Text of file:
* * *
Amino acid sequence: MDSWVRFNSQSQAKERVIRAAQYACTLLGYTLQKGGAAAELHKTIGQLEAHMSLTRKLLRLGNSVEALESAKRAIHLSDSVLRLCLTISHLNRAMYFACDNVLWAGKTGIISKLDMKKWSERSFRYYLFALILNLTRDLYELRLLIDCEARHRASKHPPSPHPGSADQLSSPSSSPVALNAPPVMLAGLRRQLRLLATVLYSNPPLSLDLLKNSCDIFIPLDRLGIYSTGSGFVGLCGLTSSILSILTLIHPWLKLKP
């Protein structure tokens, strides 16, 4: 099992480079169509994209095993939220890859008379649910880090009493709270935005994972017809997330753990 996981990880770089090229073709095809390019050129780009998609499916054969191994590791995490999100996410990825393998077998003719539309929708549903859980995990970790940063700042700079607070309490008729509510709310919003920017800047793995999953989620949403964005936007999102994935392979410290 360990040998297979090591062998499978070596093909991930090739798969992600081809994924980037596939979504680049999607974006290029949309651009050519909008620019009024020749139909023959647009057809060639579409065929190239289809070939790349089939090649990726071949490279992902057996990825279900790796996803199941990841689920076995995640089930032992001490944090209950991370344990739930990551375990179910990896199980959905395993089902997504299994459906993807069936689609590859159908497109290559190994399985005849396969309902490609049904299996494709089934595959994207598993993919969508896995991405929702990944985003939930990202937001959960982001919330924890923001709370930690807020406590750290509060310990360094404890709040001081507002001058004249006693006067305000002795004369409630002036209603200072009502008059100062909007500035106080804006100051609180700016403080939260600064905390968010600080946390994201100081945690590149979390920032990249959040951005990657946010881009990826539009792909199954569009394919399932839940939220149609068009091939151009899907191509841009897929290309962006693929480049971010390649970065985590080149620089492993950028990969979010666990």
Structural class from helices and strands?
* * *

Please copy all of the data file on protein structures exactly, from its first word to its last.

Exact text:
Amino acid sequence: MDSWVRFNSQSQAKERVIRAAQYACTLLGYTLQKGGAAAELHKTIGQLEAHMSLTRKLLRLGNSVEALESAKRAIHLSDSVLRLCLTISHLNRAMYFACDNVLWAGKTGIISKLDMKKWSERSFRYYLFALILNLTRDLYELRLLIDCEARHRASKHPPSPHPGSADQLSSPSSSPVALNAPPVMLAGLRRQLRLLATVLYSNPPLSLDLLKNSCDIFIPLDRLGIYSTGSGFVGLCGLTSSILSILTLIHPWLKLKP
């Protein structure tokens, strides 16, 4: 099992480079169509994209095993939220890859008379649910880090009493709270935005994972017809997330753990 996981990880770089090229073709095809390019050129780009998609499916054969191994590791995490999100996410990825393998077998003719539309929708549903859980995990970790940063700042700079607070309490008729509510709310919003920017800047793995999953989620949403964005936007999102994935392979410290 360990040998297979090591062998499978070596093909991930090739798969992600081809994924980037596939979504680049999607974006290029949309651009050519909008620019009024020749139909023959647009057809060639579409065929190239289809070939790349089939090649990726071949490279992902057996990825279900790796996803199941990841689920076995995640089930032992001490944090209950991370344990739930990551375990179910990896199980959905395993089902997504299994459906993807069936689609590859159908497109290559190994399985005849396969309902490609049904299996494709089934595959994207598993993919969508896995991405929702990944985003939930990202937001959960982001919330924890923001709370930690807020406590750290509060310990360094404890709040001081507002001058004249006693006067305000002795004369409630002036209603200072009502008059100062909007500035106080804006100051609180700016403080939260600064905390968010600080946390994201100081945690590149979390920032990249959040951005990657946010881009990826539009792909199954569009394919399932839940939220149609068009091939151009899907191509841009897929290309962006693929480049971010390649970065985590080149620089492993950028990969979010666990």
Structural class from helices and strands?